Sunday, April 18, 2010
Despite Often Being Messy, Asean Family is Important
Asean is like a big family and, like all families, it has issues. When you set a table for 11, in this case, the 10 leaders of the member countries — Brunei, Burma, Cambodia, Indonesia, Laos, Malaysia, Philippines, Singapore, Thailand and Vietnam — plus the Asean secretary general, you are bound to have some drama. That was certainly the case in the most recent Asean summit in Hanoi.
The key message from the summit in Hanoi is that no one can forget that Asean is made up of 10 countries and each has its own problems. But the group is vitally important to its members and to international partners.
Although Vietnam, one of the most forthright advocates for a strong Asean, did a remarkable job in organizing the summit in terms of logistics, the gathering was characteristically messy. Thailand’s prime minister, Abhisit Vejjajiva, didn’t show up — he has thousands of protesters in the streets of Bangkok urging him to dissolve his government and seek a new electoral mandate; the Philippines’ lame-duck president, Gloria Macapagal Arroyo, almost went home early but then changed her mind and decided to stay; Burma’s Gen. Thein Sein was the primary object of the “family’s” attention, receiving very strong encouragement to create real political space in upcoming elections. These examples are the tip of the proverbial iceberg. Cambodia’s leader, Hun Sen, has publicly criticized the Thai secretary general for not being able to represent the collective membership — no surprise given Thai-Cambodian tensions. The dynamic is, well, dynamic.
So the question is whether this family delivers any real value to its collective members and to the global community. The answer is overwhelmingly yes. Many analysts criticize Asean on its effectiveness. Indeed, Singapore’s prime minister, Lee Hsien Loong, pilloried the organization for not acting decisively enough, but the truth is, Asean is a family that means something to its members and to the world’s major powers.
While Burma and Thai protests predictably stole headlines in Hanoi, Asean quietly is making real progress on integrating its 10 countries, 620 million denizens and $1.3 trillion economy. The blueprint for integration is the Asean Charter, which lays out goals for economic, sociocultural and security/political integration by 2015.
On the economic and financial front, Asean has effectively established its Asean Free Trade Area. Over 95 percent of goods move between Asean countries without tariffs. Intra-Asean trade has moved from secondary to become the largest market for the region’s members in the last decade. Finance ministers of Asean and the +3 nations — China, Japan and South Korea — have initiated the Chiang Mai Initiative Multilaterialization, which creates a useful $120 billion currency swap and crisis management facility for regional economies. Customs harmonization and financial services liberalization are also making serious gains.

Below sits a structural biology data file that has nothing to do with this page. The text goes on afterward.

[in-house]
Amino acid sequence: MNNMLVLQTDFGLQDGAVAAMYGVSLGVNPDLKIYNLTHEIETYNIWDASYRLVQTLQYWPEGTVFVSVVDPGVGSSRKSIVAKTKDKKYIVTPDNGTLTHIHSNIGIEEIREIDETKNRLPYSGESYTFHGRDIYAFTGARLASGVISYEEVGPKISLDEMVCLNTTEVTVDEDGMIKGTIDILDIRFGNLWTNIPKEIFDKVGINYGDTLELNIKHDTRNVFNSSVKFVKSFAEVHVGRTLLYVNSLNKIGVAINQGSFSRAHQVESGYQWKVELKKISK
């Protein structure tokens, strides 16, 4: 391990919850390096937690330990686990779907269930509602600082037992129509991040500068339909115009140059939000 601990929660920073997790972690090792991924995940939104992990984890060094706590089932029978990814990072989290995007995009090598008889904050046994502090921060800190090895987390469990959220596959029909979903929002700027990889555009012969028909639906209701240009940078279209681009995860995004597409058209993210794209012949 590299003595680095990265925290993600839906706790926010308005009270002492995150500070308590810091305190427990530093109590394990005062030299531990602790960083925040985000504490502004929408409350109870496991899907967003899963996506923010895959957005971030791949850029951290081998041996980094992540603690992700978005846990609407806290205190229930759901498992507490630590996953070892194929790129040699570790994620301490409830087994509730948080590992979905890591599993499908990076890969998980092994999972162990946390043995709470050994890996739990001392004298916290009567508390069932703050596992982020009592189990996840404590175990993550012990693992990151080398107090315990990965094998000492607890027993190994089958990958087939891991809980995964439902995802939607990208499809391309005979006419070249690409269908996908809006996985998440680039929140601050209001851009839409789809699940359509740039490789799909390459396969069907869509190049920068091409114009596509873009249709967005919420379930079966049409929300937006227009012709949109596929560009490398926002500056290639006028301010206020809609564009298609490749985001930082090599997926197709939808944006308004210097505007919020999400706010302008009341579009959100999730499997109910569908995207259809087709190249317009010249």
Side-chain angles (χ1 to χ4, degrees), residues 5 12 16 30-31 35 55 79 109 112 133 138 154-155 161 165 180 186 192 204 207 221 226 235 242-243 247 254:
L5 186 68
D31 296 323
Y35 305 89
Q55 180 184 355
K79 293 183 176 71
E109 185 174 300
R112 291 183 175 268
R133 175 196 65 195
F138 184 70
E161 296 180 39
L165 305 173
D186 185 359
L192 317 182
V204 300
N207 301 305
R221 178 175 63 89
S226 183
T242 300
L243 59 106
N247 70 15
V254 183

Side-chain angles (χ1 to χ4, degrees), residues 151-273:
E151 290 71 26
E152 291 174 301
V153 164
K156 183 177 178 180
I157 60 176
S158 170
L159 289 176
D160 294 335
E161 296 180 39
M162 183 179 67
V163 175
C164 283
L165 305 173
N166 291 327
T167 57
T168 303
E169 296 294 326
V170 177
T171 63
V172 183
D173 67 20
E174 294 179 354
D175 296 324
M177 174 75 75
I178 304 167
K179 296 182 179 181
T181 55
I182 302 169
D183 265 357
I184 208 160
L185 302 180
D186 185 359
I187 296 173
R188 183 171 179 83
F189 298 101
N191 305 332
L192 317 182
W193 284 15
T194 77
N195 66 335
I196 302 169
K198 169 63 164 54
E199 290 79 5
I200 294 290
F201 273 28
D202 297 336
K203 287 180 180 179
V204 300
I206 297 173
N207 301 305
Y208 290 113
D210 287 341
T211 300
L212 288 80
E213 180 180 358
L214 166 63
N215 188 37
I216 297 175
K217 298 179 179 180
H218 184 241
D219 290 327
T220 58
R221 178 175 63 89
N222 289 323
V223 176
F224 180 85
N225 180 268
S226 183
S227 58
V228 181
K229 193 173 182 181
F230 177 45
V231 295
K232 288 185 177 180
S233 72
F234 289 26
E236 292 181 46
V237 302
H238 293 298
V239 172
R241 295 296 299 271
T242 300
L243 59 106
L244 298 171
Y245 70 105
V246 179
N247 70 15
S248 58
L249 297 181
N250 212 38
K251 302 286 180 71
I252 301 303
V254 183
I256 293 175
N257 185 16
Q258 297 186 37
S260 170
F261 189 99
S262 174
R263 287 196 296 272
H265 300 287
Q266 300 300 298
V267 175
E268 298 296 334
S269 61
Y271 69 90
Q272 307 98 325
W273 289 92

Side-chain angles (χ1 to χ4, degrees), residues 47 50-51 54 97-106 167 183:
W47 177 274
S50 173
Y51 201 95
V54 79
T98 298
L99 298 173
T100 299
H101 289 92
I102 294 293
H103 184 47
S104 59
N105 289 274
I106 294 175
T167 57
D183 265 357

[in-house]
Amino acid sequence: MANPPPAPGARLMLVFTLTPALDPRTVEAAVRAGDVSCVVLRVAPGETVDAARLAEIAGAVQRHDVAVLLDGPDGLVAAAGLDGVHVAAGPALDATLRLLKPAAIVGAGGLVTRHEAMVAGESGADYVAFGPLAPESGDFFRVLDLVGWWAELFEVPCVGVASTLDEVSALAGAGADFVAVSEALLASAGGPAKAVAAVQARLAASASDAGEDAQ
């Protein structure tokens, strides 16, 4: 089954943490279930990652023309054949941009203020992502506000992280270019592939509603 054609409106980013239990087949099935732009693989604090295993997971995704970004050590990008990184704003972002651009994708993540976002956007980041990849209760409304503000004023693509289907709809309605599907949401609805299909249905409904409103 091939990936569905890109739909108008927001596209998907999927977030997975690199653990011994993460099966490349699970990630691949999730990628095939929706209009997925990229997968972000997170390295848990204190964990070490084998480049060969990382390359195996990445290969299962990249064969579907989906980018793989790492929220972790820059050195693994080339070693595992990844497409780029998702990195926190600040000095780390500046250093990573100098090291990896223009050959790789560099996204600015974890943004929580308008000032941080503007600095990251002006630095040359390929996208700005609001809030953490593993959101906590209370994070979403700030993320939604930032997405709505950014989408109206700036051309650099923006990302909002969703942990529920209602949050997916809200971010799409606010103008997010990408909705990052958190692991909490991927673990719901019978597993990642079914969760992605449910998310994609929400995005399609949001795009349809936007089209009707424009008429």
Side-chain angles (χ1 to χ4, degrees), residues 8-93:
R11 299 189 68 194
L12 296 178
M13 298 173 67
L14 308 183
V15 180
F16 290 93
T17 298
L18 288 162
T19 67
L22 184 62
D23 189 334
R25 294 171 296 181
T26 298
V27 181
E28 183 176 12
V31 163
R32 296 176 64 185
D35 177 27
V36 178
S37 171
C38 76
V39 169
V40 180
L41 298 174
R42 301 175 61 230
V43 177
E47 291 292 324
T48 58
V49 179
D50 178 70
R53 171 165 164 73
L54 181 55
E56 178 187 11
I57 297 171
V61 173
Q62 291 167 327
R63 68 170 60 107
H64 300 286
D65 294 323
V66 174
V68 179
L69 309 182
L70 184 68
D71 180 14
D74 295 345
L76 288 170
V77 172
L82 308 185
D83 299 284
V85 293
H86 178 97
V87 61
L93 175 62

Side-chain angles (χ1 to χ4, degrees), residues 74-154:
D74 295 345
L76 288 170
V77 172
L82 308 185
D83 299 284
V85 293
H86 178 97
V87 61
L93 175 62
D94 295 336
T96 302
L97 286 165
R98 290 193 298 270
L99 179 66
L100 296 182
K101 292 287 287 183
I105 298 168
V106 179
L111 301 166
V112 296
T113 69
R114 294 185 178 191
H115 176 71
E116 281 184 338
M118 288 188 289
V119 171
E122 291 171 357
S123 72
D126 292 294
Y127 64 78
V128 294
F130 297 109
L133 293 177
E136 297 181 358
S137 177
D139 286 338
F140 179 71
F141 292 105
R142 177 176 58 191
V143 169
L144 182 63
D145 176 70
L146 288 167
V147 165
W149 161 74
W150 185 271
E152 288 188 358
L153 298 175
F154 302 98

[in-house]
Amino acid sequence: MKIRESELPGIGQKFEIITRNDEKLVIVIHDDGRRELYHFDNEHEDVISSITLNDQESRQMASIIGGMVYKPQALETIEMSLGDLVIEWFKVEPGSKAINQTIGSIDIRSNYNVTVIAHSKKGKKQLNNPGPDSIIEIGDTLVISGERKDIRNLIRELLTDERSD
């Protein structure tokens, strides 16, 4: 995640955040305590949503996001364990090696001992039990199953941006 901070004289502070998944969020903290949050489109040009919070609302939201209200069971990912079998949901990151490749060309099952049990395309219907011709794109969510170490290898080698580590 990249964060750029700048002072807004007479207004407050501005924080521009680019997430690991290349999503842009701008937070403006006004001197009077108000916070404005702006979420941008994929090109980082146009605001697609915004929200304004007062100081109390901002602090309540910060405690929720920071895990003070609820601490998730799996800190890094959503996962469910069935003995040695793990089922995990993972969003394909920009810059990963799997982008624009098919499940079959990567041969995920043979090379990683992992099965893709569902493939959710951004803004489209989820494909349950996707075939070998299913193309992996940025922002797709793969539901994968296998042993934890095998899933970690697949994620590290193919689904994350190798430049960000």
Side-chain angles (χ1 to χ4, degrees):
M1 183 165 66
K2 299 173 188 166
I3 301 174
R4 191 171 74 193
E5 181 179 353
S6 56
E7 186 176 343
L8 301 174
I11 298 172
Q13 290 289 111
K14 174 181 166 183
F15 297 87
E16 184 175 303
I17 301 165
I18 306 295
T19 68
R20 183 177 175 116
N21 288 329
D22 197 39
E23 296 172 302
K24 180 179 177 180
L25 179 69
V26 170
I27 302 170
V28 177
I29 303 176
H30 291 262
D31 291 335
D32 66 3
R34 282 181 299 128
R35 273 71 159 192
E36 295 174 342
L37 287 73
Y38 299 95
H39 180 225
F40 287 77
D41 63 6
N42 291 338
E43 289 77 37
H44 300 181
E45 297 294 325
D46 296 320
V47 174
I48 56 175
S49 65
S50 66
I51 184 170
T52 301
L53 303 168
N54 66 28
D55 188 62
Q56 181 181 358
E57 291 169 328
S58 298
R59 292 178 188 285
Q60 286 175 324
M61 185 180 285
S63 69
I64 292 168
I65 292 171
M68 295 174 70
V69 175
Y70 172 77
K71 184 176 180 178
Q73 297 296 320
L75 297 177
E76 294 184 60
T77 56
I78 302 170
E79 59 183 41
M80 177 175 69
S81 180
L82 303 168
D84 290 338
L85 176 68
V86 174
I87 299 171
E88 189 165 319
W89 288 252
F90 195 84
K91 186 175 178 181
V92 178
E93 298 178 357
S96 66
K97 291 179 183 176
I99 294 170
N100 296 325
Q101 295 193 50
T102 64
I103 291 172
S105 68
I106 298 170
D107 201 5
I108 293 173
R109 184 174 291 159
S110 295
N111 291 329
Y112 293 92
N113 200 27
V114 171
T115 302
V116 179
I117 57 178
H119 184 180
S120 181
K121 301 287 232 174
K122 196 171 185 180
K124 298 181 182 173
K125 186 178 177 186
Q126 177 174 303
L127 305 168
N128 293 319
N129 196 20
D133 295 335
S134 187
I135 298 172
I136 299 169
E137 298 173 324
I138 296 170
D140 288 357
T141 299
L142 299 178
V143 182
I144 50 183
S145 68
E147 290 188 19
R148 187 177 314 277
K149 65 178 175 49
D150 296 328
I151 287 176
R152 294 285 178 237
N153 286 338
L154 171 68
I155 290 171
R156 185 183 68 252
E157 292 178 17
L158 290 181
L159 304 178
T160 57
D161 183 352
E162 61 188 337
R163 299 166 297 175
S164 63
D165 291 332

The Asean Defense Ministers Meeting will take place in May in Vietnam. What had once been a quiet meeting of military chiefs of staff has now been elevated to the ministerial level and is considering whether to invite regional players, including big East Asian nations, the United States, Australia and New Zealand.
An Asean dispute resolution mechanism and human rights body have also been established and while these are nascent institutions, they are significant early steps in the right direction.
The United States would be unwise to join cynical voices criticizing their effectiveness. The harder but effective policy course is to get engaged and invest in strengthening these institutions, participate at senior levels in Asean integration efforts and follow through on significant US interests in Southeast Asia. The US stake in the region is notoriously underreported. This includes investment three times as large as in China, to a pair of treaty allies (the Philippines and Thailand), to some of the world’s most important shipping lanes, to key partners in counterterrorism efforts, to vital links to humanitarian assistance, disaster relief and climate change mitigation.
Asean is a family — and a messy one at that — but it is vitally important to its members and neighbors. It is likely to play a central role in any Asian regional architecture from trade and economics to security and defense. Having a strong foundation in Asean is also key to the long-term management of relations with major global partners China and India. Asean’s path won’t be linear. It will be colored by drama that will test even the most well-grounded strategy, but the United States has keen interests in close relations with Asean. America is a friend of this family and helping Asean be strong is an investment in its national interests. By Ernest Z Bower senior adviser and director of the South e a st Asia program at the Center for Strategic and International Studies in Washington . This article was first published by CSIS.